Articles by Rachel Ablin, Esq.
Businesses conducting internal investigations need to ensure those investigations are impartial and independent. For companies that choose to handle the investigatory process in-house and ultimately “clear” the accused of any wrongdoing, there can be a perception that investigators and company leaders favored the accused – especially when the accused person is him- or herself a senior leader or highly valued employee.
The outcome of a workplace investigation typically depends on information gleaned through witness interviews. That information can, in turn, lead investigators to explore new or different avenues toward uncovering the truth. Witness cooperation can be critically important. Unfortunately, witnesses are sometimes hesitant to share what they know for fear of retaliation or retribution. In other cases, witnesses may be hostile or wholly uncooperative. Here are several tips to help you deal with witnesses who may hold the keys to the information you need, but who are reluctant to participate in the investigatory process.
How the Mueller Investigation and Your Company’s Misconduct Investigations are Similar (and How They Differ)
As the Mueller investigation plays out on the national stage, corporate HR departments across the country are ramping up their internal investigations procedures to handle an increase in allegations of employee misconduct. If you are responsible for your organization’s internal investigations policies and processes, you may be surprised to learn that the Mueller investigation actually has a lot in common with internal investigations in the business world.
There is no question that the #MeToo movement has impacted workplaces in the U.S. Sexual misconduct victims who may have been hesitant to bring their stories forward in the past now feel more emboldened to do so. Businesses large and small across the country have had to investigate allegations and make sometimes-tough decisions as a result.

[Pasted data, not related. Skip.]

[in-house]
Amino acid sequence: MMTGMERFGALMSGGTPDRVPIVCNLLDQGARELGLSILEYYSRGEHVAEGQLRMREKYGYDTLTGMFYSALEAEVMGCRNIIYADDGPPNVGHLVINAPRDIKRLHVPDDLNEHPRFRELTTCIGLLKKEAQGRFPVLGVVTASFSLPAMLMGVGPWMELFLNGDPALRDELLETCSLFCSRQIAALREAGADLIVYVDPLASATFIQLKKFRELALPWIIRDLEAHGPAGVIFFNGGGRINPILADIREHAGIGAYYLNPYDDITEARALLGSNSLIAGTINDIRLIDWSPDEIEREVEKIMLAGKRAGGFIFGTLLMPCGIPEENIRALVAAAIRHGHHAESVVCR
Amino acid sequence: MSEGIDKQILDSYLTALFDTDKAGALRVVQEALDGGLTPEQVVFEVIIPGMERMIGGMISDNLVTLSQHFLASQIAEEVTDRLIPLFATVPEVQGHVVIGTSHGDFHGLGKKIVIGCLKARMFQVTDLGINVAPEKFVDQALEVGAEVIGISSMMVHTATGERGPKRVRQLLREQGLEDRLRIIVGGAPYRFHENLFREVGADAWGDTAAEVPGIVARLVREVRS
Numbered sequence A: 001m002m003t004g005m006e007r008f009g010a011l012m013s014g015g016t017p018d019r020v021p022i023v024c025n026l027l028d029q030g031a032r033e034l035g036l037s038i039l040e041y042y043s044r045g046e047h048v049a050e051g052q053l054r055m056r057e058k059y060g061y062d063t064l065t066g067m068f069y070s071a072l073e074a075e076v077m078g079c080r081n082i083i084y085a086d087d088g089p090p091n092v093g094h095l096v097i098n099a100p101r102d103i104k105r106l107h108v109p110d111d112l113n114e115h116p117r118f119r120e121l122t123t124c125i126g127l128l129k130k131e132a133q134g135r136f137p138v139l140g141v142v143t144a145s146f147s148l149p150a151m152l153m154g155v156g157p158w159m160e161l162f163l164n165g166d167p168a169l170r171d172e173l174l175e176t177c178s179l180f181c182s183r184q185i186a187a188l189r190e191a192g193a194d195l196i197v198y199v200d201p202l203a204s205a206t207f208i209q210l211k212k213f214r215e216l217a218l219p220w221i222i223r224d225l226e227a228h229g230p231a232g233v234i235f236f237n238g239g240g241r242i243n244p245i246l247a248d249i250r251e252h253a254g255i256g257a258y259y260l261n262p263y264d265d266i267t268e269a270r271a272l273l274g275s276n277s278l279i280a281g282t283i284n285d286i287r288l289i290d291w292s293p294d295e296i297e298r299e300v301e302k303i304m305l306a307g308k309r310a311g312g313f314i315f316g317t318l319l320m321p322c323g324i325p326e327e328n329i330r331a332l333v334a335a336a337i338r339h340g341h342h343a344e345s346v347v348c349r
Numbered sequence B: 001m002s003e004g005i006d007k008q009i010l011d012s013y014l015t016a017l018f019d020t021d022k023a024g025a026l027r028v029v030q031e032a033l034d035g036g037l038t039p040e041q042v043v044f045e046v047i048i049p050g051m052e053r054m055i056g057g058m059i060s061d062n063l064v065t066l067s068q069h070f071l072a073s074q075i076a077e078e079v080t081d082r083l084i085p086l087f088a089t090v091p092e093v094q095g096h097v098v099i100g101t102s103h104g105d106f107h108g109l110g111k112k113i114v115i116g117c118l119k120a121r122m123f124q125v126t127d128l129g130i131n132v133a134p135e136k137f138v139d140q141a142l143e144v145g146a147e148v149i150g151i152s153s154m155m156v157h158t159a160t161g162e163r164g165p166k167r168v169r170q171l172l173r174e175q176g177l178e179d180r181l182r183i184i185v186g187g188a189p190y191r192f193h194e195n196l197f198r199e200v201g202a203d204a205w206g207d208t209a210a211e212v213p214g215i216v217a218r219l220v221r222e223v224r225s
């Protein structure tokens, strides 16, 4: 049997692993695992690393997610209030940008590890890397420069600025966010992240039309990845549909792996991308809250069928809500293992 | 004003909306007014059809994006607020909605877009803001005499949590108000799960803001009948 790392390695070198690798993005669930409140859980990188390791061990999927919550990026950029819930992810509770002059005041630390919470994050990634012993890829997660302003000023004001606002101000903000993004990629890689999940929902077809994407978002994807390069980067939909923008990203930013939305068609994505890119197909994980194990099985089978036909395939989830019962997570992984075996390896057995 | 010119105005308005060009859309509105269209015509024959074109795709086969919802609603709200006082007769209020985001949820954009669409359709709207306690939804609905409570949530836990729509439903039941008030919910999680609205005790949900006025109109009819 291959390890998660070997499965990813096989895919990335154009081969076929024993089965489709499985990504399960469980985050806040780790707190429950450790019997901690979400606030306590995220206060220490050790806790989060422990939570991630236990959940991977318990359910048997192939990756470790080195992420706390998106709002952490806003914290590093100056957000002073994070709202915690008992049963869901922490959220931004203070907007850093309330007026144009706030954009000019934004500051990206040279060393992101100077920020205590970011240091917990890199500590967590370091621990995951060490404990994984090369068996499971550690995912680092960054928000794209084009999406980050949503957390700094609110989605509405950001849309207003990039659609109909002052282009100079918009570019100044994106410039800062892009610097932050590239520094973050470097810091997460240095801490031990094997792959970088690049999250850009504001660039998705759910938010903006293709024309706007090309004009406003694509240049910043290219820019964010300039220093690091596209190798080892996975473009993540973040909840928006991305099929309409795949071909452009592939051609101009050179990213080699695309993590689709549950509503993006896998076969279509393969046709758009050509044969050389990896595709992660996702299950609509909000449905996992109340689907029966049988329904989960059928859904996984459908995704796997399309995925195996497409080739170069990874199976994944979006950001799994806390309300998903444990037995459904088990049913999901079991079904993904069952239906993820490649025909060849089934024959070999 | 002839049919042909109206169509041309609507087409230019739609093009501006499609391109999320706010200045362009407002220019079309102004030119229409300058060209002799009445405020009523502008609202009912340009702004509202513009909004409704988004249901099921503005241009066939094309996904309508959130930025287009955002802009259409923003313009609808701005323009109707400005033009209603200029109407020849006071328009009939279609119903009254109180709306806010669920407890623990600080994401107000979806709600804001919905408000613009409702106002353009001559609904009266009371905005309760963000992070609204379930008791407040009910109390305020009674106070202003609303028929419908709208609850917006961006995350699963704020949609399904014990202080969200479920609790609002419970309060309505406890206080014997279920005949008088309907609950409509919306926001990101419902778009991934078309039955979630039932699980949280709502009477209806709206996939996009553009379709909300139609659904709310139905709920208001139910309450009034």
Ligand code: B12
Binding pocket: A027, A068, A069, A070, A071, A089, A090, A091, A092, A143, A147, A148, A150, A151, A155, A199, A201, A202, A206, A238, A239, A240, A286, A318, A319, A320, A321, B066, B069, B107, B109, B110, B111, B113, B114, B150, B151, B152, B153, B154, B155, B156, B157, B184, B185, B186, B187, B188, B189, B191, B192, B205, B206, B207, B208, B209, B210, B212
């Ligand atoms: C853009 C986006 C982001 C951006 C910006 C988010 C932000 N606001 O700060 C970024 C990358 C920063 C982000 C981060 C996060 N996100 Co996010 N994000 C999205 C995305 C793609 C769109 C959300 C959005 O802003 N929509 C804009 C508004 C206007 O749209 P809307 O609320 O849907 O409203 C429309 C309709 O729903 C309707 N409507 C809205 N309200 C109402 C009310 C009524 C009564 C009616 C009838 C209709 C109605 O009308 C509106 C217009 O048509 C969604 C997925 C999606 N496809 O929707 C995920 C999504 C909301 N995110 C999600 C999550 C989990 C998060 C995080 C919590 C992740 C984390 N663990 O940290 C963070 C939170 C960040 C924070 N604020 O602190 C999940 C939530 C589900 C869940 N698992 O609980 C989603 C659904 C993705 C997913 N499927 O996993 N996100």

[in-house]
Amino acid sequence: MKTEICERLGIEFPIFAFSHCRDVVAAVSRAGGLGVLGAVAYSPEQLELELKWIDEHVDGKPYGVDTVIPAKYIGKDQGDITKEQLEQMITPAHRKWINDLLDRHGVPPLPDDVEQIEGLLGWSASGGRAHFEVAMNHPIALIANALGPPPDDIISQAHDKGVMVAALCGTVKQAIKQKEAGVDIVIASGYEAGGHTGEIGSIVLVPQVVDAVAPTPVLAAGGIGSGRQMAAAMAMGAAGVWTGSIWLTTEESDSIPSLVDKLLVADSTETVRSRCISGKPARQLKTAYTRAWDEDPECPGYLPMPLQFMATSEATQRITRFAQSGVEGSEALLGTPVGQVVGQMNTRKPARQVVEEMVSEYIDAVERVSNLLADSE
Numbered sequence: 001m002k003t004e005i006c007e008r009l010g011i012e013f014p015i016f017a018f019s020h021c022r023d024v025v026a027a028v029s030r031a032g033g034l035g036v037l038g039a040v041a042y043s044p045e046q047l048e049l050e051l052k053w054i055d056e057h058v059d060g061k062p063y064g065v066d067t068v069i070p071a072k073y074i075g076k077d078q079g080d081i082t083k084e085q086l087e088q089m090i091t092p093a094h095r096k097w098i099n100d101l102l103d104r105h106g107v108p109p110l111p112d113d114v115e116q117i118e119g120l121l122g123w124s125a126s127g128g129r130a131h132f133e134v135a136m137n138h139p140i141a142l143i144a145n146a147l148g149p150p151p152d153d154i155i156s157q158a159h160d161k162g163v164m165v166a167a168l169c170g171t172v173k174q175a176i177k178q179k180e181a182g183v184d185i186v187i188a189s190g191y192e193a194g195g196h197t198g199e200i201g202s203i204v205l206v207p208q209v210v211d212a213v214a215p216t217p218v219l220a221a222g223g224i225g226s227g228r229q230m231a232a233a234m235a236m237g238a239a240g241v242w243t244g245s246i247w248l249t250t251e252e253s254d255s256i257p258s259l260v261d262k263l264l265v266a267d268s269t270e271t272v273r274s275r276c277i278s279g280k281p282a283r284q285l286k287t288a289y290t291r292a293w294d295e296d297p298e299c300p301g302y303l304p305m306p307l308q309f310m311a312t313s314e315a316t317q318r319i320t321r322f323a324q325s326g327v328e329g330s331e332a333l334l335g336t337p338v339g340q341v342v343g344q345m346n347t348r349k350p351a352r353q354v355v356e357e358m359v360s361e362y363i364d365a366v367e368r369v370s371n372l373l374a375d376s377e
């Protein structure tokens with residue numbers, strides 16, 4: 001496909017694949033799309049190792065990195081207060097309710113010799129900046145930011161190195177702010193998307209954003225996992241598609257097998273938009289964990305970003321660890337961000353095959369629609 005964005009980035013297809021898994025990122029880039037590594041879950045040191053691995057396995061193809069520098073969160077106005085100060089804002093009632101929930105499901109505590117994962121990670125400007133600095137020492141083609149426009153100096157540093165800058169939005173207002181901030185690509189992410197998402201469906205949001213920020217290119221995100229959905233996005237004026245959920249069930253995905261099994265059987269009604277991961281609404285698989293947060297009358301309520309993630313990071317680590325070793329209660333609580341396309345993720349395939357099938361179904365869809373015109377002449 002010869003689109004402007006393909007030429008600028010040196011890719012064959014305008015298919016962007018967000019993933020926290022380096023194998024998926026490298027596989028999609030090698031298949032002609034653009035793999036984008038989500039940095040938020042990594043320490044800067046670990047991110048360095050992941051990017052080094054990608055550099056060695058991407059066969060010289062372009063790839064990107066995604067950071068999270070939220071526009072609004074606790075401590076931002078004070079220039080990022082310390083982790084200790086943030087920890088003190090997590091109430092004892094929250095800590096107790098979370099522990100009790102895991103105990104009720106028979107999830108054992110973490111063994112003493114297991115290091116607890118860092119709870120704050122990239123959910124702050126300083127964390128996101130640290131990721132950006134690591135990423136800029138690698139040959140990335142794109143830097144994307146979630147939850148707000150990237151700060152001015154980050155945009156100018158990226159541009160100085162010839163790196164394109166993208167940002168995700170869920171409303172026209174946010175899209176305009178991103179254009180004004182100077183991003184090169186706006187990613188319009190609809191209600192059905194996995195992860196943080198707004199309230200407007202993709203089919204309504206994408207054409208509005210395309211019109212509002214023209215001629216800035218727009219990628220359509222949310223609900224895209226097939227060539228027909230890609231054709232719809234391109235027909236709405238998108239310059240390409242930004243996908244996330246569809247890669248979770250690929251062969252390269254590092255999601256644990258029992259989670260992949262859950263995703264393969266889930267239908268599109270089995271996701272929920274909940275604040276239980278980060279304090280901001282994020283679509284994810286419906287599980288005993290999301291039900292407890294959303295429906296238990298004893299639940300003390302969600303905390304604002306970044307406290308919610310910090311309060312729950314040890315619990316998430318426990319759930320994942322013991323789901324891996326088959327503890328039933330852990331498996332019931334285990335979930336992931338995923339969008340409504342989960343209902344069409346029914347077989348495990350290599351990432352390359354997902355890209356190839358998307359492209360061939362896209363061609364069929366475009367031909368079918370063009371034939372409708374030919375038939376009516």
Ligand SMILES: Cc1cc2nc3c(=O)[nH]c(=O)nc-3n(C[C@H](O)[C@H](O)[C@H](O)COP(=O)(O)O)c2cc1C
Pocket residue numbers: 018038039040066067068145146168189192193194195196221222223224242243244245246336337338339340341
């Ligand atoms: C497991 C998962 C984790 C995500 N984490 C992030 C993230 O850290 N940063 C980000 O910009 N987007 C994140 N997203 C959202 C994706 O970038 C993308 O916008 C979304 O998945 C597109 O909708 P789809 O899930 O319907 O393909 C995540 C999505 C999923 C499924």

Allegations of sexual harassment or other workplace misconduct must be taken seriously in any business. For broker-dealers and other businesses regulated by the Financial Industry Regulatory Authority (FINRA) or the Securities and Exchange Commission (SEC), thorough investigations are a must. However, financial services firms must also be deliberate about how they choose to disclose the results of such investigations, being ever aware of the risk of defamation lawsuits from the targets of such investigations.
Noted astrophysicist Neil DeGrasse Tyson, director of the Hayden Planetarium in New York City and star of Cosmos, is the latest celebrity accused of workplace sexual harassment. In a public statement posted on Facebook on Saturday, December 1 titled “On Being Accused,” Tyson addressed the allegations made public a day earlier and categorically denied any wrongdoing.
The Equal Employment Opportunity Commission (EEOC) recently released preliminary data about sexual harassment claims the agency received and addressed in fiscal year 2018 (FY 2018). That data shows that the number of sexual harassment complaints received was up more than 12 percent over fiscal year 2017 numbers.
For the second time in as many months, the Equal Employment Opportunity Commission (EEOC) filed a series of separate but similar lawsuits against private employers across the country, alleging workplace harassment.
In one of the latest incidents in a recent string of sexual harassment allegations against high-ranking corporate executives, Leslie “Les” Moonves – the CEO of CBS Corporation (CBS) – is facing accusations that he sexually harassed six women with whom he had business relationships. The CBS board is investigating the claims and has retained outside counsel to ensure independence.